Daily intake and the selection of feeding sites by horses in heterogeneous wet grasslands

Animal Research, Jul 2018

Géraldine Fleurance, Patrick Duncan, Bruno Mallevaud

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Daily intake and the selection of feeding sites by horses in heterogeneous wet grasslands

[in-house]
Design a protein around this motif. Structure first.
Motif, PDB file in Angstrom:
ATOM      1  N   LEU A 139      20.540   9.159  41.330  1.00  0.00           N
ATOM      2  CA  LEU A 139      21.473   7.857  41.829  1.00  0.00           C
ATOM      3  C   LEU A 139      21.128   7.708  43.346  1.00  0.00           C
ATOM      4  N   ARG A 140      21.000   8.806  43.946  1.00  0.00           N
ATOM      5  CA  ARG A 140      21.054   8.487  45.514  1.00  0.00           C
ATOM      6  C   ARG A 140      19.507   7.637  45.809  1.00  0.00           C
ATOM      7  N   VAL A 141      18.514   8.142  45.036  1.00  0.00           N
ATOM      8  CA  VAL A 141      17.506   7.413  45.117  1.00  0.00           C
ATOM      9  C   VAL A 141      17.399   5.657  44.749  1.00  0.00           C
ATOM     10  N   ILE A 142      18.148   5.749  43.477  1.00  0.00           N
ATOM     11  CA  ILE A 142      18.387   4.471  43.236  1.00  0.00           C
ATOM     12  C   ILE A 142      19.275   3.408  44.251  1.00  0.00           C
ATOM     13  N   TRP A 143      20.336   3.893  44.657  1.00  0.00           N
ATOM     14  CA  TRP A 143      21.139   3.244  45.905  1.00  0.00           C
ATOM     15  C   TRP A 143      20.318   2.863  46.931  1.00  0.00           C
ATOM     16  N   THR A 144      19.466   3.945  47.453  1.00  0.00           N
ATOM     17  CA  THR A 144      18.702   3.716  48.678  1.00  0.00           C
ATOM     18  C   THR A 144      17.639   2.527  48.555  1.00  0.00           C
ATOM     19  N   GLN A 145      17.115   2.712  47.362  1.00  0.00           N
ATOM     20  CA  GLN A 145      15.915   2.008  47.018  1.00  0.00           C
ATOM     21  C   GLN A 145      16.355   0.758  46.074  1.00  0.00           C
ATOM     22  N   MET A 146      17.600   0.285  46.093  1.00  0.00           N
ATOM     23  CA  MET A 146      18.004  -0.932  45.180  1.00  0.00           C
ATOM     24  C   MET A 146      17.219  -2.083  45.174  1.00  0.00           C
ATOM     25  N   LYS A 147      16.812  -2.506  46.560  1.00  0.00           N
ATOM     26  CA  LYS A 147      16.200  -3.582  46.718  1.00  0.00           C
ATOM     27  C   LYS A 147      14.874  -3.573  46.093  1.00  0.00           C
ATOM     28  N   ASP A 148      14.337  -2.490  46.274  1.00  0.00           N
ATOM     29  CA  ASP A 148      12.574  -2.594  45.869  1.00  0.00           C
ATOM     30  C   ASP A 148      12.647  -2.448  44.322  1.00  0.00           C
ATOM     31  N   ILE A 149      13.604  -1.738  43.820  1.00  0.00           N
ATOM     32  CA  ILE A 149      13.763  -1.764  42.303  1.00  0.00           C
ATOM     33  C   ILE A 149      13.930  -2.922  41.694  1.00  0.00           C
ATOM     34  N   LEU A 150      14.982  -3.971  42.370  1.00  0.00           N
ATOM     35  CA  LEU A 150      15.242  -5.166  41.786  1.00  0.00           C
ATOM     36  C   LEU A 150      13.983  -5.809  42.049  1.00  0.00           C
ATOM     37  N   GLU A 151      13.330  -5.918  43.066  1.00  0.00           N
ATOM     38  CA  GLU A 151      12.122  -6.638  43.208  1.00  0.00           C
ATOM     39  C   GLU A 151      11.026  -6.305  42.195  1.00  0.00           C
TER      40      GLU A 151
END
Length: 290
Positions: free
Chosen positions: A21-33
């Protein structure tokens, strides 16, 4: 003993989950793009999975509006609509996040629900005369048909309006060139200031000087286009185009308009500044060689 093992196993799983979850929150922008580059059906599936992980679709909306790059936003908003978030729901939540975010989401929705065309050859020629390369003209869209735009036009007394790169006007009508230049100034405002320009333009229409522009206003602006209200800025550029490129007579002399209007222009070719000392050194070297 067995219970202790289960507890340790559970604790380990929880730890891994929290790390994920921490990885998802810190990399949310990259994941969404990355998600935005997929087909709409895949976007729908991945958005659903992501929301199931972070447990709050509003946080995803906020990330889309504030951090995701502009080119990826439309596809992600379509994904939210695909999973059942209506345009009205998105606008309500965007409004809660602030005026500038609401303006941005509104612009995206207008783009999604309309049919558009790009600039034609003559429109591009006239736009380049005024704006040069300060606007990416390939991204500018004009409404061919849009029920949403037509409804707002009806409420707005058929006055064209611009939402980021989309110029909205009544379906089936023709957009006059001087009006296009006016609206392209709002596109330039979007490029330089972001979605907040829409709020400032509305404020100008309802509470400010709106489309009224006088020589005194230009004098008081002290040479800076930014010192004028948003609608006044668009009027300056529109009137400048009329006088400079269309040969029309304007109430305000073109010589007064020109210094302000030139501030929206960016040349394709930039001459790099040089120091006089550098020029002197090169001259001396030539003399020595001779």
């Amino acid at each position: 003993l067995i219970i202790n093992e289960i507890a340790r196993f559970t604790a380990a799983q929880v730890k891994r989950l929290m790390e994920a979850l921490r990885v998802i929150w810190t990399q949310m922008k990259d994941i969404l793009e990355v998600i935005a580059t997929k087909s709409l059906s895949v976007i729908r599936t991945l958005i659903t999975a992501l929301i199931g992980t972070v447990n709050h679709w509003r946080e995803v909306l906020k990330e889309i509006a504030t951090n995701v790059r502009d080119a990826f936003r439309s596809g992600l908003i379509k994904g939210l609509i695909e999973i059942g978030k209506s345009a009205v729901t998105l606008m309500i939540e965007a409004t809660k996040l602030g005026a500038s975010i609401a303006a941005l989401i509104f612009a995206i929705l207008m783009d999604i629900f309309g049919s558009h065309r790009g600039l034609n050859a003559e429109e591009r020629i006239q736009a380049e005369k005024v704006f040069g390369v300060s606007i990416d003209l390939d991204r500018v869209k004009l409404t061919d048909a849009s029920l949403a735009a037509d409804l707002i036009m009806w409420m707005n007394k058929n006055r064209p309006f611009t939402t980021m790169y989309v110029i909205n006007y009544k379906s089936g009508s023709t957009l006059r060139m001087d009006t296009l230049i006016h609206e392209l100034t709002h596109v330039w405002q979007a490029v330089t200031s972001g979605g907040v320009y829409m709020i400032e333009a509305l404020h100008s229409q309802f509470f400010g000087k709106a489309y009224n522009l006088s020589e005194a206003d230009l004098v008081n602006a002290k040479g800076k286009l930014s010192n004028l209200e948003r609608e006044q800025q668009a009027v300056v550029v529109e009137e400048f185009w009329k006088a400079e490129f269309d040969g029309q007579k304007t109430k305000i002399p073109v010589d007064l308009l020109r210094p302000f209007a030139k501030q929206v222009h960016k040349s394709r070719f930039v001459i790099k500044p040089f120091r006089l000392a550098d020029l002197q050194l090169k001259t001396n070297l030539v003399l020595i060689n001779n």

Anim. Res. Daily intake and the selection of feeding sites by horses in heterogeneous wet grasslands FLEURANCE 0 2 k DUNCAN 2 Bruno MALLEVAUD 1 0 Present address: Les Haras Nationaux, Direction du Développement, Station Expérimentale des Haras , 19370 Chamberet , France 1 Parc Interrégional du Marais Poitevin, place de l'Église , 79510 Coulon , France 2 Centre d'Études Biologiques de Chizé , CNRS-UPR 1934, 79360 Beauvoir-sur-Niort , France - In spite of the importance of grazed forage in horse nutrition, little information is available on their daily intake at pasture. We determined the intake of 4 non-breeding mares of a heavy breed (average body weight = 674 kg), grazing during the summer in heterogeneous natural grasslands of the Marais Poitevin (France), an internationally important wetland where grazing is an essential process which maintains biodiversity. The mares ate large quantities of forage (21.9 ± 2.4 kg of organic matter per day, i.e. 166.2 ± 20.8 g of organic matter per kg LW0.75 per day) in comparison with previous published values and with the estimated requirements of these horses. The use of the vegetation was very selective, the mares spent about 70% of their feeding time on short grass lawns (sward surface £ 4 cm, biomass < 100 g.m-2), that represented only 10% of the area. This behaviour maintained the plants at young growing stages which are of better quality than ungrazed plants. These results are discussed in relation to the dynamics of the plant communities. - maintenait les plantes dans de jeunes stades de croissance, de meilleure qualité que celle d’une végétation non pâturée. Les résultats sont discutés en rapport aux dynamiques des groupements végétaux présents sur le site. cheval / ingestion / prairie / hétérogénéité / zone humide 1. INTRODUCTION Intake rates by horses of green or dried forages distributed ad libitum are well documented [ 2, 4, 5, 18 ]. In spite of the importance of grazed forages in horse nutrition (these can represent more than 70% of the annual food, [17]), little information is available on intake at pasture [17], principally because in the field it is difficult to estimate faecal output and diet digestibility accurately. Rittenhouse et al. [24], using neutral detergent fiber (NDF) as an external marker for non productive and lactating mares in a natural grassland, measured intakes of 113 and 138 g DM.LW–0.75.d–1 respectively. Nonetheless, the reliability of this method, and of others based on external markers such as chromic oxid (e.g. in yearling horses, 80 g DM.LW–0.75.d–1) [ 14 ] is debatable [ 13, 15, 26 ]. Mesochina et al. [18], in a recent study, demonstrated that fecal crude protein is a good predictor of the digestibility of forages by horses (dry matter digestibility: rsd: 0.038; r2 = 0.65; organic matter digestibility: rsd: 0.036, r2 = 0.74). Duncan [8] used this approach to determine the intake of lactating mares of the Camargue breed (intake: 170 g DM.LW–0.75.d–1). This study was part of a long term programme of research on the effects of different herbivores on the dynamics of the vegetation in a wetland of international importance, the Marais Poitevin. The site was in natural wet grasslands of the Communal des Magnils-Reigniers, which is of importance for the conservation of wetland plants (e.g. Ranunculus ophioglossus), birds (e.g. breeding Tringa totanus) and mammals (e.g. otters, Lutra lutra), and has traditionally been grazed by cattle. The experimental set-up consisted of 10 plots of 1–2 ha which were grazed by cattle, horses or both species. Under cattle at densities comprised between 341 and 1246 kg.ha–1, the plant community dynamics depended on the biomass density of the animals [1]: with high densities there are many rosette plants (hemicryptophytes), while at low animal densities these plants are replaced by competitive species (sensu Grime [12], mainly perennial graminoids). Horse grazing lead heterogeneous plant communities, as the two dynamics were observed whatever the density of the animals (345 to 900 kg.ha–1). Tall grasses appear in patches of lightly grazed plants, where the animals deposit faeces. This leads to a loss of plant species diversity in the tall grass patches, but an increase in structural diversity. Elsewhere, in heavily grazed lawns, halophytes and hemicryptophytes appear. The aim of this work was first to provide data on the rates of daily food intake in the horses on these pastures and then to contribute to this programme by describing the use of these grasslands by horses. We measured the time-budgets of the horses and their selective use of structural types (lawns and patches of tall grasses) and of the plant communities. 2. MATERIALS AND METHODS 2.1. Study site The Magnils-Reigniers common is part of an area of brackish grasslands where the topography leads to a specific pattern of plant communities [1]. The shallow natural drainage channels, which are flooded from late autumn to early spring, are characterized by hygrophile vegetation with subaquatic species (Tab. I). The top of the catena is occupied by graminoids, forming the mesophile community. The slopes, whose soils are saline, are favourable for sub-halophile species, forming the mesohygrophile community. We defined two structural vegetation types, which were represented in all communities, lawns (sward surface £ 4 cm) and taller grasses (mostly at the reproductive stage during the study) where the horses deposited all their faeces. 2.2. The animals We studied 4 non-reproductive mares (Mulassier Poitevin breed), 2 to 7 years old. They were distributed in 2 sets, homogeneous for weight, each grazing a 2 ha pasture (E2D or E2) from April to October 1997. The mean weight of the animals was 674 kg during July and August. 2.3. Measurements 2.3.1. Daily food intake The daily food intake was measured as OMI = F/(1-OMD) where OMI is the organic matter intake, F is the weight of faeces produced over 24 h (g) and OMD is the organic matter digestibility estimated by the crude protein (CP) content of the faeces [18]. The results are expressed in organic matter (OM) in order to avoid inaccuracies due to contamination by soil. Faecal output was measured by collecting the total amount of faeces produced 3 times a day over 4 successive days (29.VII.97 to 01.VIII.97) [ 15 ]. Faecal dry and organic matter content were measured in one sample per plot per day, dried at 80 °C to constant weight and by mineralization at 550 °C. Nitrogen was determined by the Kjeldahl method. The results were corrected for the mean weight of the animals, expressed as live or metabolic weight. 2.3.2. Spatio-temporal organization of the feeding behaviour The mares were observed for a total of 48 h, between 21.VII-08.VIII.97. Individual behaviours were recorded using scan sampling during periods of 3 h by day and by night in order to cover the 24 h in 4 days. The 4 mares, previously accustomed to the presence of the observer in the pasture and to the use of a lamp, were checked successively by the same person at 5 minute intervals. An animal was recorded in feeding activity if one of these actions was observed: searching (sorting or gripping food with the upper-lip), cutting, chewing or swallowing. The structural type and the community grazed were noted. In each plot, 100 measures of the sward surface were made (50 on each diagonal, with a measure every 4 m, on 21.VII.97, 28.VII.97, 06.VIII.97) using a 50 · 50 cm sward stick. At each measure, the structural type and the community were recorded. The mean of the 3 measurements enabled us to determine the area covered by each community and structural type in each plot, and to calculate for each plot a selection index S for the 2 mares of the pasture (the ratio of the percentage of the feeding time passed on the particular structural type or community, and the percentage of the area covered by that structural type or community). The null hypothesis was that the animals used the vegetation types evenly, i.e. S = 1.0. 2.3.3. Above-ground plant biomass, and forage quality In each plot, samples (Tab. I) were clipped with shears in a rectangle (50 · 25 cm) placed at random in each structual type of each community (mesophile, meso-hygrophile, hygrophile). The samples were dried at 60 °C to constant weight to calculate the plant biomass (dry weight/area clipped). Some samples were analyzed for nitrogen (Kjeldahl method), cellulose (Weende G.Fleuranceetal. p s e s s a r g l l a T s n w a L p n s o so is r r c a a p , s m s co rag )c ll ( a t d f n o a ) s e (b h ; tc s a se p s d .7 .2 .2 6 0 9 9 0 0 1 2 2 ± ± ± .4 .2 .9 5 3 1 3 0 6 5 4 4 ) ) ) 1 6 5 1 = = = n n n ( ( ( a P p C ( m o in C te ) a ro . ( p ts . Ie edu lop lb rc th a f o T o b n D a 2 2 e E E m ) 2 – s s .m a M m o D i g B ( ) ) a a ( ( method) and cell walls: Neutral Detergent Fiber (NDF) [28]. 2.4. Statistics The significance of selection for vegetation types was determined by chi-square tests, by comparing the numbers of feeding observations with the values expected if the animals used the vegetation types evenly. Kruskal-Wallis and Mann-Whitney tests were used to compare plant biomass and grass quality respectively, between plant communities (across structural types) and between structural types (across plant communities). Statistical tests were bilateral, for p < 0.05 using Statistica [25]. 3. RESULTS 3.1. Daily food intake at pasture The mares in both pastures selected diet of good quality (estimated organic matter digestibility: 61.8 ± 0.8%) with little variability. Intake was on average 21.9 kg OM. kg LW–0.75.d–1, i.e. 3.3% of liveweight, i.e. 166.2 ± 20.8 g OM.kg LW–0.75.d–1. The mean value in terms of dry matter was 172.5 ± 23.1g DM.kg LW–0.75.d–1. The digestible organic matter intake (nutrient assimilation) was 102.8 ± 13.8 g DOM.kg LW–0.75.d–1. 3.2. Spatio-temporal organization of the feeding behaviour The mares fed on average 60 ± 1% of the 24 h. This activity occupied about 3/4 of the night (74 ± 4%) and half of the daylight (54 ± 1%). The use of vegetation communities was not homogeneous (chi-square test, p < 0.01). The mares selected the mesohygrophile community, using this 2.5 times as much as expected from the hypothesis of even use and they avoided the mesophile community (Tab. II). At the time of the study, the structural heterogeneity of the cover was not very pronounced in the pasture E2, with small patches of lawns beginning to appear. The use of the structural types by the mares was measured only in the E2D pasture. Here the mares fed on both the structural types, but the use of the lawns was 7 times as much as expected (chi-square test, p < 0.01), their selectivity index being 20 times that on the taller grass. The preference for the lawns is verified in each community (M, MH, H), where the percentage of the area covered by the lawns were respectively: 9.4%, 37.5%, 10.7% and the selection index were 6.24, 2.58, 7.15 for the lawns and 0.36, 0.05, 0.36 for the tall grasses (chi-square test, p < 0.01). 3.3. Aerial biomass and vegetation quality The meso-hygrophile community, which was selected by the mares, had the least biomass (p < 0.05) (Tab. I), but the difference was not significant within pastures because the variances are high. The mean biomass of the patches of tall grasses was 5 times higher than the biomass of the lawns (p < 0.01, Tab. I). There were no significant difference between the plant communities for crude protein, cellulose and NDF contents (Tab. I). Nonetheless, the lawns which were strongly selected by the mares were characterized by a crude protein content 38% higher than the tall grasses. The cellulose and NDF contents tended to be lower for lawns (p < 0.06) (Tab. I). 4. DISCUSSION 4.1. Daily intake The daily food intake found here (172.5 ± 23.1 g DM.kg LW–0.75.d–1 or 166.2 ± 20.8 g OM.kg LW–0.75.d–1) is much higher than the few values available for non-productive horses at pasture (e.g. 113 g DM.kg LW–0.75.d–1 from Rittenhouse et al. [24]) and higher than those of Mesochina [19] and Ellis et Lawrence [10] for growing saddle horses (92 g OM.kg LW–0.75.d–1 and 80 g DM. kg LW–0.75.d–1). The values obtained in the Marais Poitevin are comparable to the values for breeding and growing wild equid species [ 2, 11, 21 ] and for lactating mares (e.g. in the Camargue, France [8]). Nonetheless, even if the needs for production seem to be the main determinant of food intake [ 2 ], Meyer [20] has shown that horses can have intakes higher than their needs, and maintain these for a long time. These intakes are also much higher than those of comparable beef cattle at pasture (3.3% of liveweight in horses compared with 2–3% in cattle (Dulphy et al. [7]). In view of the fact that there are considerable inter-individual variations in intake in some herbivores [6, 23], and the small number of animals used in this study, the measures should be repeated. Nonetheless the slight variations between days on food intake (coefficient of variation: 12%) show that data from four days allow estimation of daily intake for horses on these pastures with reasonable accuracy. An obvious improvement would be to individualise the faeces with colored plastic marks. 4.2. Duration of feeding activity The time spent feeding, 60 ± 1% (or 14 h 30) is consistent with previous published values (14 h–17 h, [8]) and the animals in the experimental plots appeared to have normal feeding behaviour. Nocturnal feeding comprised 38% of the total time spent feeding, which is typical for horses (20 to 50%, [16]), which is why it was necessary to conduct 24 h observations in this study of their feeding strategies. 4.3. Selection of vegetation types The horses showed more marked selection for lawns than for any of the vegetation communities, as has been observed previously in dry grasslands [ 3, 9, 22 ]. The mares maintained lawns where the quality of the grass was high in comparison with the remainder of the pasture (38% higher crude protein, lower fibre). In this pasture, the horses choose their food plants principally on the basis of their structure (growth stage) rather than their botanical species. In spite of the short period covered by this study, the feeding strategies of the mares described here clarify causes of the differences in the vegetation dynamics under cattle or horse grazing described by Amiaud [1]. The intense use of the meso-hygrophile community by horses explains the rejuvenation of sub-halophyte communities and the development of hemicryptophytes on the slopes. In the same way, the opening of the hygrophile community leads to the emergence of annual species (Galium debile, Ranunculus sardous) [1]. The development of highly competitive species at the top of the catena seems to be the result of low grazing pressure and perhaps favourable conditions of mineral and nitrogen availability brought by the faeces. Finally, the high intake levels compared with cattle and strong selection for short grass lawns explain why the horses create and maintain structural diversity in such grasslands, whatever their stocking level. The current hypothesis to explain the heterogeneous use of grasslands by horses proposes that the animals minimize their feeding time on patches of tall grasses where the faeces are deposited in order to minimize the intake of gastro-intestinal parasites [27]. The results of this study suggest another hypothesis: if the feeding strategy of these horses is to maximise daily nutrient assimilation, the maintenance of lawns of good quality could be a nutritional as well as an antiparasite tactic. ACKNOWLEDGEMENTS This work was funded by the Parc Interrégional du Marais Poitevin. We wish to thank D. Naudon for his support of the project and for his help in the collection of the data. We are also grateful to J.B. 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Géraldine Fleurance, Patrick Duncan, Bruno Mallevaud. Daily intake and the selection of feeding sites by horses in heterogeneous wet grasslands, Animal Research, 149-156, DOI: doi:10.1051/animres:2001123